PIECES and HUNGOVER IN HYDE PARK
April 1989 at The Riverside Studios
PIECES and HUNGOVER IN HYDE PARK came to fruition because the Arts Council had come to see Ruckblick in 1988 and urged us to approach them for funding for our next production. I wanted to encourage company members not only to dance, but also to try out their own ideas to create a short dance piece, so I asked who would be interested in doing so. Kevin Pyke, who had Down’s Syndrome, Margaret Wilson and Allison Sheen who both were blind, and Maggie Landells all wanted to have a go.
It was also important to me for company members to have the experience of working with people from diverse dance backgrounds, so I also invited Nigel Warrack of Contemporary Dance, Sue Burton of the Royal Ballet and my teacher Hilde Holger, European Expressionist dancer, to be contributors.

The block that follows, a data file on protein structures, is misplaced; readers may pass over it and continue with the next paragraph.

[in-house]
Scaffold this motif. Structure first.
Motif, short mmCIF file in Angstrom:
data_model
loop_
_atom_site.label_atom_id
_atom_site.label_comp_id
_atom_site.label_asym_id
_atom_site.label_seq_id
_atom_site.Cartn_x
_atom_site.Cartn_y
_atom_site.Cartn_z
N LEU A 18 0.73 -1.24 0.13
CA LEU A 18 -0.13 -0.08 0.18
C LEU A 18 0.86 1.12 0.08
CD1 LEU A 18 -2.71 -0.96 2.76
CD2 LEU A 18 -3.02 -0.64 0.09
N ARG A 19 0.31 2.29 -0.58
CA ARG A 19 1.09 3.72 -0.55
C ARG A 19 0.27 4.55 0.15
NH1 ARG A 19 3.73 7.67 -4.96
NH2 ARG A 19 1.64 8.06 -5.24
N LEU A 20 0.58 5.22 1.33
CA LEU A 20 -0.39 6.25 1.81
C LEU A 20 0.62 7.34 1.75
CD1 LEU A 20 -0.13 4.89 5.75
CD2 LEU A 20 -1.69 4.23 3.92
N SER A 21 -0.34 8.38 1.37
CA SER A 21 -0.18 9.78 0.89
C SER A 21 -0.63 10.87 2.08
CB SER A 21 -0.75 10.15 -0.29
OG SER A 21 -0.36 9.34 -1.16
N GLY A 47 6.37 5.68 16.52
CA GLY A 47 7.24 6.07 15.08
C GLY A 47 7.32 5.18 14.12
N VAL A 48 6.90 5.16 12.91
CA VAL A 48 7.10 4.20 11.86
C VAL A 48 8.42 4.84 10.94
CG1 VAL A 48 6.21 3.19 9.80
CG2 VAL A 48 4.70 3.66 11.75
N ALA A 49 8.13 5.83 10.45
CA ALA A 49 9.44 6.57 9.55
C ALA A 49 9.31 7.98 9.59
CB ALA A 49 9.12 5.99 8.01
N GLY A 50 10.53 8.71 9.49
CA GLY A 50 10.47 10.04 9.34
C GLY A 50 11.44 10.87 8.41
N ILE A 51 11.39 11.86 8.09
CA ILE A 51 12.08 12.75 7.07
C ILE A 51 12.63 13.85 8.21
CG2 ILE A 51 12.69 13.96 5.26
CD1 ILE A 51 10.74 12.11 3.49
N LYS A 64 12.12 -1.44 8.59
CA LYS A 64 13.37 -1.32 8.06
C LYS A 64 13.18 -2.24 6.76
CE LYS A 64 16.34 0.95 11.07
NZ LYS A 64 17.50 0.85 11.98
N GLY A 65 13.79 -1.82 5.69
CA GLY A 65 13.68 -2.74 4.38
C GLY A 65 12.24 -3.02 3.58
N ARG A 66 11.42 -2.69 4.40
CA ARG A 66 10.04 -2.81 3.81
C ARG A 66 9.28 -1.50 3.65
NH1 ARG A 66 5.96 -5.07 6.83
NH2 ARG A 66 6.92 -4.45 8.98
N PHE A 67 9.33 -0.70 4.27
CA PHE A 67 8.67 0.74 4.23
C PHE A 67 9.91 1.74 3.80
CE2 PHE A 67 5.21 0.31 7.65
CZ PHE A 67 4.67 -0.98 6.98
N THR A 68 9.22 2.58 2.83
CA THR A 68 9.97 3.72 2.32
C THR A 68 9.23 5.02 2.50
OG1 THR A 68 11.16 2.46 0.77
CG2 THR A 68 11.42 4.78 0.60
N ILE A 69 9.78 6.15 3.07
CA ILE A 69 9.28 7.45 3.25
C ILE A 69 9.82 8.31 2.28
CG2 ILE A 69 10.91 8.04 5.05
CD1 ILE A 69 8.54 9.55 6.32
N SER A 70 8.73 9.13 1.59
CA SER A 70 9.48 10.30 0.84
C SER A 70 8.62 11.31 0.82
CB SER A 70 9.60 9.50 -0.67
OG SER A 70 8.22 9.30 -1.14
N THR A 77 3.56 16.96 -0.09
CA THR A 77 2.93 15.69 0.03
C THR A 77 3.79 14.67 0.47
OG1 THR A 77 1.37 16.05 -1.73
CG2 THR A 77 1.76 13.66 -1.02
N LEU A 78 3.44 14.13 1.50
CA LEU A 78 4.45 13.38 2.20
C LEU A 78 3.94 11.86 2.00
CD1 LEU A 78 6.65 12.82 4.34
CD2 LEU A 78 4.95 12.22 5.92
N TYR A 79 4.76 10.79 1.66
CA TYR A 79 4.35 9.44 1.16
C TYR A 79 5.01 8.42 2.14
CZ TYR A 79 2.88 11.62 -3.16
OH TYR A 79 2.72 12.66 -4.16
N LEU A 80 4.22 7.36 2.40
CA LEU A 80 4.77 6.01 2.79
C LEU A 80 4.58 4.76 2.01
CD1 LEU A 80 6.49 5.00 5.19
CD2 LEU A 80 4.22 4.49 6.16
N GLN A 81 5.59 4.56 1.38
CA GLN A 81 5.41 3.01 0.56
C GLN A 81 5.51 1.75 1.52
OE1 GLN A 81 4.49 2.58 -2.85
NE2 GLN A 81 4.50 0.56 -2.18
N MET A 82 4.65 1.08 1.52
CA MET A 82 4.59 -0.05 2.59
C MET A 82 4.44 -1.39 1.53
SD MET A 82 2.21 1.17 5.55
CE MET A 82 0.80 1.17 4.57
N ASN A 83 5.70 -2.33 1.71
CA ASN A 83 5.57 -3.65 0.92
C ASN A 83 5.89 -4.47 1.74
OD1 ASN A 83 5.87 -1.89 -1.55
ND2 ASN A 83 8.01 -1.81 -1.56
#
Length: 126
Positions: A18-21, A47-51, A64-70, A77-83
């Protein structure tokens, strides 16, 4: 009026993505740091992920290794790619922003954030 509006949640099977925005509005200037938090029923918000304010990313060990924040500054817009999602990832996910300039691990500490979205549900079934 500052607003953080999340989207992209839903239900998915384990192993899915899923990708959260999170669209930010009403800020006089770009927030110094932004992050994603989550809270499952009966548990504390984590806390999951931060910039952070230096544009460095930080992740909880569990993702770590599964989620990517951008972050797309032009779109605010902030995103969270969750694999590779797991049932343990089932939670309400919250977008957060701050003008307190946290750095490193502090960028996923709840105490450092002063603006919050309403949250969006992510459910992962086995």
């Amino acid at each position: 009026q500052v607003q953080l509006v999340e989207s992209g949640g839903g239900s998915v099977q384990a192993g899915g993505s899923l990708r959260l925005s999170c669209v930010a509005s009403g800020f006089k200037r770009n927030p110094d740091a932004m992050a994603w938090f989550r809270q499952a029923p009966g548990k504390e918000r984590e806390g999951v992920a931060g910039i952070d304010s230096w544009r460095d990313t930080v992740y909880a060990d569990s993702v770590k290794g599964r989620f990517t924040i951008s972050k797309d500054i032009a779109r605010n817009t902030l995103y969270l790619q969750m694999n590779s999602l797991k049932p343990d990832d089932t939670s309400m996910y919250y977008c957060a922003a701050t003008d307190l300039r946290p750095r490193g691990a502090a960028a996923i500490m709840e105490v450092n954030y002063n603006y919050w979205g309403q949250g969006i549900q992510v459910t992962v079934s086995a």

When I proudly announced to Helen Rowe of the Riverside Studios that we were going to present these different pieces in our next production, she was thrilled, but pushed me to create a whole company piece. I had no creative ideas at this time, being happy just to help Hilde rehearsing her two pieces EMBRACE and BOSCH.
I was suddenly thrown into this unforeseen position. Gill Brearley, who attended my Monday evening class, often created poems made up of words suggested by the students in response to the dance improvisations. Gill was a genius in this random word game. Hungover in Hyde Park was one of the poems that I thought had potential for exploring for a production. Gill was overjoyed when I asked her permission to use the poem. She said that we could make it a homage to Dali, who just had died in January 1989.